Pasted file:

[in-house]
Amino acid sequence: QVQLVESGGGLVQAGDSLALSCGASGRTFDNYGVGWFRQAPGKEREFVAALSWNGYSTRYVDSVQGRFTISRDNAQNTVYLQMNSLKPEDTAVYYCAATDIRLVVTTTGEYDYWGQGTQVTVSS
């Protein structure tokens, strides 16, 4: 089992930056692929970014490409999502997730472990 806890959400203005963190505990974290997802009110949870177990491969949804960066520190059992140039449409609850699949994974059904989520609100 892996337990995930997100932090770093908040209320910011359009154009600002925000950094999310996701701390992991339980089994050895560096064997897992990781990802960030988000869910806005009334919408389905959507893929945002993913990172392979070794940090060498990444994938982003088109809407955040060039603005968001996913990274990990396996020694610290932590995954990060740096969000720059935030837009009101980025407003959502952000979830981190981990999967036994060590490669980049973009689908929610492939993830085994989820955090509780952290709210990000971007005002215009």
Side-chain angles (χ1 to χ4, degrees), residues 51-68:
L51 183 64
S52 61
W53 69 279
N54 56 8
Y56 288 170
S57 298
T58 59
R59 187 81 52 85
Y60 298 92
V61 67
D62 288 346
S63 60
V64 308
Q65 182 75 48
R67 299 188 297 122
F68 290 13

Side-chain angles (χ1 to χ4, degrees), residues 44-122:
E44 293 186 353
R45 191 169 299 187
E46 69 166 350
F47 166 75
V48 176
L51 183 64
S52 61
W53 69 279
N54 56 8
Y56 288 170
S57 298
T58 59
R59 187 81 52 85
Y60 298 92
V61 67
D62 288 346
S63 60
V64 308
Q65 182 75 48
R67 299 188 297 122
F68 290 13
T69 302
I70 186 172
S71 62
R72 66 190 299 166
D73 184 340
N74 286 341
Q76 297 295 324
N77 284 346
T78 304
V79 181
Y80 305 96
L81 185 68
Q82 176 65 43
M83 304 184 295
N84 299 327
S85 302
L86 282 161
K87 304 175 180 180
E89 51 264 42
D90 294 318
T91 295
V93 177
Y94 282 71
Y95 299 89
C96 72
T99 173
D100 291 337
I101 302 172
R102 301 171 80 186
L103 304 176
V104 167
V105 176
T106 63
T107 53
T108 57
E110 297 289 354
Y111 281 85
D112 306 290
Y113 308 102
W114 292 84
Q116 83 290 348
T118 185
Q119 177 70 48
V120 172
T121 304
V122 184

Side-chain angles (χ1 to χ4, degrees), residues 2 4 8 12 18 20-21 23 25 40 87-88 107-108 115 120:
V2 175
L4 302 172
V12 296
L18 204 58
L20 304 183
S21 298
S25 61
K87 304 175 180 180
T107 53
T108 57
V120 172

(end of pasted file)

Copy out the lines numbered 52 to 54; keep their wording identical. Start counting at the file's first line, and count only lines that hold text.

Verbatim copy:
V79 181
Y80 305 96
L81 185 68